Q. What is stereotype threat?
A. Stereotype threat is the threat of being judged by or personally confirming a negative stereotype about a group you belong to. So this group could be your ethnic group, it could be your gender, it could have to do with sexual orientation—any type of socially recognized group.
Where else does it play in (besides healthcare)?
Stereotype threat has primarily been studied in academics, other kinds of performance domains, like leadership and, to some degree, athletics. So the primary stereotype threat study that generated this line of research actually studied African-Americans as compared to Caucasians, or Whites, in academic settings, specifically when taking the SAT or other types of standardized tests.
So students perform poorly because they think that they’re expected to perform poorly?
Exactly, and what’s really amazing is that something as subtle as having to check a box having to identify your ethnicity can create this experience of stereotype threat. And this isn’t happening at the conscious level, yet this experience is being created and leads to poorer performance. Now some people will say, ‘well these people would’ve performed poorly no matter what,’ and maybe it is just lack of ability, but if you take out that variable of having to identify or belong to that social group, then you don’t see the gap in performance on academic tests.
Who were the subjects of this healthcare study?
So we started just looking at African-American women compared to Caucasian women, we actually just completed two more studies, that haven’t been peer reviewed yet, but they include both African-American and Caucasian males and females. So we are able to replicate and extend these findings to males and then in subsequent work, we’d like to look at other ethnic groups, including Latinos.
What was your method, and what did you find?
We utilized a virtual healthcare setting, where we asked people about how they were feeling when they were waiting in the virtual waiting or examination room to see a hypothetical doctor, Dr. Campbell. We provided a photograph and a bio of Dr. Campbell, so everyone would have the same doctor in mind, and Dr. Campbell was the stereotypical physician in that he was a middle-aged Caucasian male. And we let people know how much experience he had practicing medicine. So with that information, we were standardizing the perceived competence of Dr. Campbell, because we don’t want that to effect how anxious people feel.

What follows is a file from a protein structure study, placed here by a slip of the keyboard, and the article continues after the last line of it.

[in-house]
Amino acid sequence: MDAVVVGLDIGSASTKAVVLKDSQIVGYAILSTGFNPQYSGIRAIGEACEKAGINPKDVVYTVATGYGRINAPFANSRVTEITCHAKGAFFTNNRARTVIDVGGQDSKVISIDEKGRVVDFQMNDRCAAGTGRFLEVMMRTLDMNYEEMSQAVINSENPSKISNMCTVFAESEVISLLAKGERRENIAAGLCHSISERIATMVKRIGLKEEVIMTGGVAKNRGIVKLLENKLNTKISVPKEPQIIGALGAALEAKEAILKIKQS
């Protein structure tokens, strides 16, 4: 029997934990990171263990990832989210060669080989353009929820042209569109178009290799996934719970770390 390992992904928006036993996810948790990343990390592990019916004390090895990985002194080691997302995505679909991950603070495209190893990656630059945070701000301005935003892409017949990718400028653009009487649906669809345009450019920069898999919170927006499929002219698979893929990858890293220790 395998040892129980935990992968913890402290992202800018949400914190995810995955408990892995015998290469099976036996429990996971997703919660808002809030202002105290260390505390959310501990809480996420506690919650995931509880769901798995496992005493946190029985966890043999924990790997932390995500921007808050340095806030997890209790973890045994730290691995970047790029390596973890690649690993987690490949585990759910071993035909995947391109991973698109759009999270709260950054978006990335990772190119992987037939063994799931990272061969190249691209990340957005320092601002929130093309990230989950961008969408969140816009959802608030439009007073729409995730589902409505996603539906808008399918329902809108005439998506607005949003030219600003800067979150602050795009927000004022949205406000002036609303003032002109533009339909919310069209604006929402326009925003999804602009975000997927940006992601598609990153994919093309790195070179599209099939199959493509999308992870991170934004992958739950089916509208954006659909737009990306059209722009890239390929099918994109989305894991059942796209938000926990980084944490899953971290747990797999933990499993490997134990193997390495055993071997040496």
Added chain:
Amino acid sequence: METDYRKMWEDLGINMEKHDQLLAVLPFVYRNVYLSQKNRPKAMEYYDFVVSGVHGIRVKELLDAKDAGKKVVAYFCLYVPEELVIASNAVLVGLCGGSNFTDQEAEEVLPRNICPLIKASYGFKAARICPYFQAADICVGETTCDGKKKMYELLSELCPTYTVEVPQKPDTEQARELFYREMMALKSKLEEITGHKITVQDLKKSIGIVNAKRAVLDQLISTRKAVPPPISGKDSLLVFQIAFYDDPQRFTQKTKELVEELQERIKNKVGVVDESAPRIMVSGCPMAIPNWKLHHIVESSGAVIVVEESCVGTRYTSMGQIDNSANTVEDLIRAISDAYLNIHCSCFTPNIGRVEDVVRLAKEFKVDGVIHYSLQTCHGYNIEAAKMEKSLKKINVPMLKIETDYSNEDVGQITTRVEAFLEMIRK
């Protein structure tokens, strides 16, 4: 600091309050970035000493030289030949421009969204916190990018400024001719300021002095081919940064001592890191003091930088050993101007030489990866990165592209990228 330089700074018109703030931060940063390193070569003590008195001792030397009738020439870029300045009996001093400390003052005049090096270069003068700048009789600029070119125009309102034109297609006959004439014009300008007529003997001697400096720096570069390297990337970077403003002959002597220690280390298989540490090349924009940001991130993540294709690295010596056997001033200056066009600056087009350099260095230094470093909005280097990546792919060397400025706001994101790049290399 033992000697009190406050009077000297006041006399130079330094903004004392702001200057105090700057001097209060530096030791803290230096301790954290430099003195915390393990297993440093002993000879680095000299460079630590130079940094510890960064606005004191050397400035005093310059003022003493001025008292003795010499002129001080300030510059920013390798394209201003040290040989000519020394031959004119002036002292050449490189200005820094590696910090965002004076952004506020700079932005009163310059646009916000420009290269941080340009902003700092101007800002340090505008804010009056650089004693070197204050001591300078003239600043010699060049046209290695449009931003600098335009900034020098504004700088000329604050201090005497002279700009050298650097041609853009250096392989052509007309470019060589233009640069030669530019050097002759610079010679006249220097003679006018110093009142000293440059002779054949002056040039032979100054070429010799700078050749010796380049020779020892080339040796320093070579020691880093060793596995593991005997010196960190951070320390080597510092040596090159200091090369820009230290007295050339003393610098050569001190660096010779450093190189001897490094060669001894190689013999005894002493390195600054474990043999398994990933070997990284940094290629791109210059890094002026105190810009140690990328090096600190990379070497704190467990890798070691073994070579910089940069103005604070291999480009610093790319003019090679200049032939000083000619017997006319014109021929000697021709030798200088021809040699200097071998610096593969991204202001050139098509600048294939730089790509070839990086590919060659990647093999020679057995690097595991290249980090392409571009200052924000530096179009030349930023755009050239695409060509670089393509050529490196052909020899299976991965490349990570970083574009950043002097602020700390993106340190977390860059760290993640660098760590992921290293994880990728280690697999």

Then we asked people, “How anxious do you feel, waiting to speak Dr. Campbell?” At the same time, the women who were in the experimental condition - which is the stereotype threat condition - were exposed to images of negative stereotypes of African American women’s health. For example, on the wall in the waiting room, there was a poster that had a picture of an African American baby and said she has her father’s eyes, and her mother’s AIDS. That was to invoke the stereotype of HIV and AIDS being more common among the African-American population, and the sort of behaviors that that subsumes. And the African American women who highly identified as being African American, and who were in the stereotype threat conditions - therefore exposed to these negative stereotypical images - reported far more anxiety about seeing Dr. Campbell than the African American women who did not highly identify as being African-American, and/or were in the neutral condition and were not exposed to any stereotypical images. And then, of course, when compared to all of the Caucasian women.
So what does this mean for black women when it comes to healthcare? What kind of conclusions can you draw? Is there evidence of African-American women under utilizing healthcare?